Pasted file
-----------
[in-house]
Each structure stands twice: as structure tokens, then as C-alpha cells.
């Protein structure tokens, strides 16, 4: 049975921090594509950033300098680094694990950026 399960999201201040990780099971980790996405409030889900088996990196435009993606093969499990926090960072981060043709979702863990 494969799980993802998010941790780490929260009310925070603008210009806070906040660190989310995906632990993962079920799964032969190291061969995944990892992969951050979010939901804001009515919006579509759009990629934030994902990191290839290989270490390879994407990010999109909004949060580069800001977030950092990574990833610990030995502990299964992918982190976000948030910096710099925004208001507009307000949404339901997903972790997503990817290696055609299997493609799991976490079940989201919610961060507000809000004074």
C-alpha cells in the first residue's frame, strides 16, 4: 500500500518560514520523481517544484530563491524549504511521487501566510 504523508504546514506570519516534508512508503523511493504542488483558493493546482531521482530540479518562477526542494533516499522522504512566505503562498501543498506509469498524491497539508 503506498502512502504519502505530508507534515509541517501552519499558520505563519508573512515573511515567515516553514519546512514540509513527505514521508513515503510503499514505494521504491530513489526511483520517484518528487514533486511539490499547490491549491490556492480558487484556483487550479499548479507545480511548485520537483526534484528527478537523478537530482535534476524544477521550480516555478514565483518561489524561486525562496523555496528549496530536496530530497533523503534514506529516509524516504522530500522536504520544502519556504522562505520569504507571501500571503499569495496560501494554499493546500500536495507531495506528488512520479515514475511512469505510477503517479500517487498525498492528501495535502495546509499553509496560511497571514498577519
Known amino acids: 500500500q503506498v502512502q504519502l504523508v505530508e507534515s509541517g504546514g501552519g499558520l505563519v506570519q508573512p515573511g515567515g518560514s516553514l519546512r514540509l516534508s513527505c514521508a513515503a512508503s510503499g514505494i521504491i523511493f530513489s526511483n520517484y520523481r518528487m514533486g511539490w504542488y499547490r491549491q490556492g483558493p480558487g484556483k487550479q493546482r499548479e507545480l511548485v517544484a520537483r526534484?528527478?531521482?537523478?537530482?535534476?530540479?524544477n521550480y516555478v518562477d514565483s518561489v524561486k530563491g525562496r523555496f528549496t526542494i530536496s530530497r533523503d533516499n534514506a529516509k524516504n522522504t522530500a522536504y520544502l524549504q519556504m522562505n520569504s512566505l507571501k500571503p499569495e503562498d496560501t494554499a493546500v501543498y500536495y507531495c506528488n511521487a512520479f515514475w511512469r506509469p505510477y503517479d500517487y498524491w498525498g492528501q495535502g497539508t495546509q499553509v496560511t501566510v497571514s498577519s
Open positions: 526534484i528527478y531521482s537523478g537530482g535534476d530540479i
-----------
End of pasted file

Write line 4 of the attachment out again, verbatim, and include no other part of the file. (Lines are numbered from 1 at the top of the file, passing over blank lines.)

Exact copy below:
C-alpha cells in the first residue's frame, strides 16, 4: 500500500518560514520523481517544484530563491524549504511521487501566510 504523508504546514506570519516534508512508503523511493504542488483558493493546482531521482530540479518562477526542494533516499522522504512566505503562498501543498506509469498524491497539508 503506498502512502504519502505530508507534515509541517501552519499558520505563519508573512515573511515567515516553514519546512514540509513527505514521508513515503510503499514505494521504491530513489526511483520517484518528487514533486511539490499547490491549491490556492480558487484556483487550479499548479507545480511548485520537483526534484528527478537523478537530482535534476524544477521550480516555478514565483518561489524561486525562496523555496528549496530536496530530497533523503534514506529516509524516504522530500522536504520544502519556504522562505520569504507571501500571503499569495496560501494554499493546500500536495507531495506528488512520479515514475511512469505510477503517479500517487498525498492528501495535502495546509499553509496560511497571514498577519